And although the fire alert system may help once there is an active blaze, it appears global warming could have partially contributed to the fires, and lead to an increase in future ones. (Note: One man has been arrested for arson related to these fires.) The 2007 Intergovernmental Panel on Climate Change warned that “fires in Australia were virtually certain to increase in intensity and frequency because of steadily warming temperatures over the next several decades.” According to, Australia’s temperature has warmed 0.9°C since 1950, and climate models predict it could increase 5°C by 2070, especially if global warming isn’t stopped. In addition to fires and increasing temperatures, climate change could cause heat weaves and droughts in Australia. Those of us in California know that dry weather along with hot temperatures is a breeding ground for wildfires. These fires are just another reason why everyone needs to work together to stop global warming.

The Caramel Bella

The Green Report: Animals, Appliances and Archrivals

The fight over the environment continues. Round 1: Palin vs. Judd. In one corner we have the beautiful actress Ashley Judd and in the other one there’s Alaska Governor Sarah Palin. These ladies are not sparring off on presidential politics. No, this time it’s all about wolves and bears – or rather, killing them from airplanes. Judd is the new spokesperson for Defenders of Wildlife. She’s in a video (see below) where she goes off on Palin and Alaska’s predator control program.

Obama is making more moves on the energy front. This week, President Obama ordered the Energy Department to revise the energy standards of nine appliances: ovens (including microwave ones), lamps, beverage vending machines, residential dishwashers, commercial boilers and commercial air conditioners. These changes will make the appliances more energy efficient and reduce global warming emissions for the planet. And the Prez is thinking about consumers’ pockets too.

“This will save consumers money, this will spur innovation and this will conserve tremendous amounts of energy,” Obama said in remarks at the Energy Department, where he briefed staff on his plan for a new energy economy.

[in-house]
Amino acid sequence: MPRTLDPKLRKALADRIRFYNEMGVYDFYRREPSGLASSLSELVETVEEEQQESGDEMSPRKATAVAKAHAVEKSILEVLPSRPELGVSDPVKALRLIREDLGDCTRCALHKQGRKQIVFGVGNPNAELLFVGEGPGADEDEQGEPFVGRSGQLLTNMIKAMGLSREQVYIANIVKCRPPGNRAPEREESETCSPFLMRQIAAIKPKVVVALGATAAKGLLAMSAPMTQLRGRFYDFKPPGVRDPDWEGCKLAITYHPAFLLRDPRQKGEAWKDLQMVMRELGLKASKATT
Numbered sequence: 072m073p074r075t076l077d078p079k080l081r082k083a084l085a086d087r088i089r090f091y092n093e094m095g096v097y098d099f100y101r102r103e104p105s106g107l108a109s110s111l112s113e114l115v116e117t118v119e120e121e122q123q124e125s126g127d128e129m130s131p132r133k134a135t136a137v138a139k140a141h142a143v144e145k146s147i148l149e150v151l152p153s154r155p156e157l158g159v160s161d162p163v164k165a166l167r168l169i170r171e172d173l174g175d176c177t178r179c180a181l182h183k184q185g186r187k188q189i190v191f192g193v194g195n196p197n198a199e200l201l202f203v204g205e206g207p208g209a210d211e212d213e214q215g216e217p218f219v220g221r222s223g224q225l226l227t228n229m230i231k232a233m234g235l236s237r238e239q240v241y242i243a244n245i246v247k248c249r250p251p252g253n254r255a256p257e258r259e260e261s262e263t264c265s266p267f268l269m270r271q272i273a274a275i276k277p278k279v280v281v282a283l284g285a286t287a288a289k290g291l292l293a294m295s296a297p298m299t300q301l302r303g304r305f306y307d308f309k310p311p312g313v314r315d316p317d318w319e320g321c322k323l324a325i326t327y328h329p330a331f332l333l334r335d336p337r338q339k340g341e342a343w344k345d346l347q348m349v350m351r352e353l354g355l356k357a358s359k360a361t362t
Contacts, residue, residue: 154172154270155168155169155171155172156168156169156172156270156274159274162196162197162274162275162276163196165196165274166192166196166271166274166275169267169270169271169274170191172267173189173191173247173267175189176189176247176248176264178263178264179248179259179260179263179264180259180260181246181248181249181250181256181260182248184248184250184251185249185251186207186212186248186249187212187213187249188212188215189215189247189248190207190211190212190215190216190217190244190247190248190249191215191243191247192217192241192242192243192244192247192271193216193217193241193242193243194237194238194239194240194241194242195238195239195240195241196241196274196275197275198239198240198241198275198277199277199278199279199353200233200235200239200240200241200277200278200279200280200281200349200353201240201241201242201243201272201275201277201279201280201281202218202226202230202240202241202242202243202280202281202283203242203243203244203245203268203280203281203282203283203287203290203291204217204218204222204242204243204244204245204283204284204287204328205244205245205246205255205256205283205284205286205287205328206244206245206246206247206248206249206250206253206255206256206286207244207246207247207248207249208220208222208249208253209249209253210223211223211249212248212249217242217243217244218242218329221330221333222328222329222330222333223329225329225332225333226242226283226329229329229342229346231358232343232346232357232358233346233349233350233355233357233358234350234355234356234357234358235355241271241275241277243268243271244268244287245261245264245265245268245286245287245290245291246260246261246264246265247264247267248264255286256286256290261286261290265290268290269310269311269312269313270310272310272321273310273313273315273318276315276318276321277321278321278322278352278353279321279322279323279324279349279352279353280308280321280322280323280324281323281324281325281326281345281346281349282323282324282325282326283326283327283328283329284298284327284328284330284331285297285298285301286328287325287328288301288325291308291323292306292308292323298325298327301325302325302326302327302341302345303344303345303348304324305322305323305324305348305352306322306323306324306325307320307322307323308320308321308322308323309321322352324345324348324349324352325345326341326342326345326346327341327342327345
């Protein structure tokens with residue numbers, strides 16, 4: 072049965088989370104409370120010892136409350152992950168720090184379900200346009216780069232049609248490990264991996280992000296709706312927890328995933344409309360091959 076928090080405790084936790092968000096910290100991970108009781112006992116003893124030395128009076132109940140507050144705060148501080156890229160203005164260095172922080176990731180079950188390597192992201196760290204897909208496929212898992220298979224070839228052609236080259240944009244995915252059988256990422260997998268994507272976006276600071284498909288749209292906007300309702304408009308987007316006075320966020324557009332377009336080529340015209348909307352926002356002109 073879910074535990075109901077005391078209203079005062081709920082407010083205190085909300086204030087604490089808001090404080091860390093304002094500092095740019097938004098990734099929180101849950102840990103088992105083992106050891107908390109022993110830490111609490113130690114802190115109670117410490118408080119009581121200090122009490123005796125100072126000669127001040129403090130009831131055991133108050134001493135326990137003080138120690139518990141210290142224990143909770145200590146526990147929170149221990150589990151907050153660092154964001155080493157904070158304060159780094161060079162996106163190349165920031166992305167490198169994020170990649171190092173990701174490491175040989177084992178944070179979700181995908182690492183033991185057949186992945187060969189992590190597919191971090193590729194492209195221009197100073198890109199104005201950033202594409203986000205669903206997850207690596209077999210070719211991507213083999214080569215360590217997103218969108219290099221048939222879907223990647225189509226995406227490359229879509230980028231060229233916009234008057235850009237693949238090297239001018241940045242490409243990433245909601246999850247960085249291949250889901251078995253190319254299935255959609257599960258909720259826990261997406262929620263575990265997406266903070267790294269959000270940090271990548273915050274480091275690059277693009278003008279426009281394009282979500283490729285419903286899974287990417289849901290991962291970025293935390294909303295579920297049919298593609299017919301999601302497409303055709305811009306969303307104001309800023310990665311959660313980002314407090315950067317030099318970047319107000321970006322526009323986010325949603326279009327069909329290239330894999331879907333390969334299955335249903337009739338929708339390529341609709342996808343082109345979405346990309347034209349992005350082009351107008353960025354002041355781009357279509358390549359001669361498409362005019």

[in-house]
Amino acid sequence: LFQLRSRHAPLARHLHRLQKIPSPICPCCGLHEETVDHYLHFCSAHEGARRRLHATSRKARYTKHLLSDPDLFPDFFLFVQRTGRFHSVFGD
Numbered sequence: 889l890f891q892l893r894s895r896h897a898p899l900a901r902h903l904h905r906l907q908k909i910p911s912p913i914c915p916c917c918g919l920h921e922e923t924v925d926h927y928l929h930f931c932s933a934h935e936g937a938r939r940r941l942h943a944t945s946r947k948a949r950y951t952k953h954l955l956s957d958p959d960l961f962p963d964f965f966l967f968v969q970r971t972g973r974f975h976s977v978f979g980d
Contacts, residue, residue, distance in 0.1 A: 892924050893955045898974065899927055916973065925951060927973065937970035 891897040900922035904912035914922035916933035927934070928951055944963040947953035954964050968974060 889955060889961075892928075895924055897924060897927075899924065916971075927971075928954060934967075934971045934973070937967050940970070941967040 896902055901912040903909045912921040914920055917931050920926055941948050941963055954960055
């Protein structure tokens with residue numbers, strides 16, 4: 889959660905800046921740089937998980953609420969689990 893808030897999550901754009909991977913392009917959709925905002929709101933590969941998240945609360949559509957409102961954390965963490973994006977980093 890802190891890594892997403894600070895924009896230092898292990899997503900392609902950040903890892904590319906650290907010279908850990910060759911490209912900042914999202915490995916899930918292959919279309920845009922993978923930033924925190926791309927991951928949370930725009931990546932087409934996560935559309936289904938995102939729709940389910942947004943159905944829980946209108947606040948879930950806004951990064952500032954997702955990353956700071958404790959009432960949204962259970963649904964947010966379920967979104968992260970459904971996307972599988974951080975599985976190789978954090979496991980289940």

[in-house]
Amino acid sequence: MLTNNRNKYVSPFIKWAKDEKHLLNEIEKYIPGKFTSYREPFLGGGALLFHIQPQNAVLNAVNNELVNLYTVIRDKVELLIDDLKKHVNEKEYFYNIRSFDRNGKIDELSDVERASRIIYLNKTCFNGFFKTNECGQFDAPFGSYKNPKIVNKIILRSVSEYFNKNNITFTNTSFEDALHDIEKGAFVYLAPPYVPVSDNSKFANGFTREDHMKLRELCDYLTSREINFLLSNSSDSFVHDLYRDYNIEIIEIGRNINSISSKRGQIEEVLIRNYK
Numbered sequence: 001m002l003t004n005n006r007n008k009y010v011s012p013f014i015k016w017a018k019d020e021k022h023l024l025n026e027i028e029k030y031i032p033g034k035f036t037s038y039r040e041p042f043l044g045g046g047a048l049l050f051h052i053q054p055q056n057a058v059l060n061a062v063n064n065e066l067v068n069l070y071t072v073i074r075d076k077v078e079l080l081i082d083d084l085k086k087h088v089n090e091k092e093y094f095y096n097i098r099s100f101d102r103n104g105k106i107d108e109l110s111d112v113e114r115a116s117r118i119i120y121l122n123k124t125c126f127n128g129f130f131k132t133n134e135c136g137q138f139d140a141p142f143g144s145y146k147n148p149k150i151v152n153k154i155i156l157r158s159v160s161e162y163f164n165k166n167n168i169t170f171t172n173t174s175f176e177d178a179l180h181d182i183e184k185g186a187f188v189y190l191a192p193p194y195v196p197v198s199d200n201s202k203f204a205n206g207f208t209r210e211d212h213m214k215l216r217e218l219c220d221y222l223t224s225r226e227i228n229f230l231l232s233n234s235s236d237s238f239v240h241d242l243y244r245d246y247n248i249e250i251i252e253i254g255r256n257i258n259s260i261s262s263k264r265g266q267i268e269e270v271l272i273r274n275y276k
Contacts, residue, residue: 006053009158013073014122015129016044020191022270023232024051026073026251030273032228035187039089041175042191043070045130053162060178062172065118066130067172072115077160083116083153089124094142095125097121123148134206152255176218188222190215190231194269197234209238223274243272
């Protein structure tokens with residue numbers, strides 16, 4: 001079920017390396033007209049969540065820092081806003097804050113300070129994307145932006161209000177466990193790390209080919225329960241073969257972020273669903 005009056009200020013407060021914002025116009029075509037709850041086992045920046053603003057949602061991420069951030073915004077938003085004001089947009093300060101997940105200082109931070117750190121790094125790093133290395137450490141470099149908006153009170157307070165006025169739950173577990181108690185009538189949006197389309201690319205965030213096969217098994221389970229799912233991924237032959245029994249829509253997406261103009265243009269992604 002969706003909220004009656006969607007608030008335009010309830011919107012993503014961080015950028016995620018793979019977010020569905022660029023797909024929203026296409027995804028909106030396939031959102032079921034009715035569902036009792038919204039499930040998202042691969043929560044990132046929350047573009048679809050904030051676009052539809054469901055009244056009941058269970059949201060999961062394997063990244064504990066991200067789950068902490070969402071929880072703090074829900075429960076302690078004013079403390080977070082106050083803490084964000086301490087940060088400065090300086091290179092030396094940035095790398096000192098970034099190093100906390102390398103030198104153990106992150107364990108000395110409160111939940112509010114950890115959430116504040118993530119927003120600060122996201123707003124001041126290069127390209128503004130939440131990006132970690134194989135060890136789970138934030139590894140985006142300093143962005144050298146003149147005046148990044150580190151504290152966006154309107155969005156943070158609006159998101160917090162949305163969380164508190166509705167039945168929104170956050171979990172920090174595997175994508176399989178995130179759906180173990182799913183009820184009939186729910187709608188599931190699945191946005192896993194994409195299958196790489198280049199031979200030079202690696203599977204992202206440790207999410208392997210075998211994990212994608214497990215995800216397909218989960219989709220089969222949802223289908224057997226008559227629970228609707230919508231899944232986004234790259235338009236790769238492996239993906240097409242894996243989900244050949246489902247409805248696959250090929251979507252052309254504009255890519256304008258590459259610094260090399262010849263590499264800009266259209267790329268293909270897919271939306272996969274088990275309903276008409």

Way to go President O on the energy front.


Extinct. Resurrected. Extinct Again. That’s the story of the Spainish Ibex, a member of the mountain goat species. The Ibex was declared extinct back in 2000 after the last one was found dead in Spain. However, before it’s death, scientist preserved some of its DNA (yes..a bit weird). The scientists then used domestic goat genes in eggs to clone a female Pyrenean ibex (or bucardo). Tah dah! Dead extinct animal cloned..well not quite. Sadly, the baby ibex kid died shortly after birth. A little spooky but this experiment gives hope to scientists that want to clone animals on the brink of extinction.

Layoffs at the Zoos?


A layoff for elephants? Yes, an expected effect of the current recession are state budget cuts that reduce crucial funding for exhibits at zoos, aquariums and botanical gardens. In New York alone, their 76 zoos, botanical gardens and aquariums will lose $9.1 million dollars in funding next year.

“We’re faced with this very difficult problem of firing the animals, as it were,” said Steve Sanderson to CNN. Sanderson is the CEO of the Wildlife Conservation Society, which manages the Bronx Zoo and the New York Aquarium.

Taking matters into their own hands, the Bronx Zoo has created a video ( to alert people to the animal layoffs.

In this case, an animal firing means some species will be shipped off to other zoos. Or if a species dies, it will not be replaced. And the overall amount of zoo exhibits will decrease.

A spokesman for the New York State Budget Office told CNN that cuts are necessary because of the state’s financial situation. New York isn’t the only place where the state’s budget problems are affecting the zoos. Animal exhibits are being streamlined or discontinued in California, Missouri, North Carolina and Maryland.

Although there is an $819 billion economic stimulus package in consideration, funding for zoos, botanical gardens and aquariums are not included. Taxpayer watchdog groups fought to keep funding from being directed at these organizations.

I hear the elephants, giraffes and other animals at the zoo are wondering: where is their economic bailout?

CB’s Green Report: Science and Politics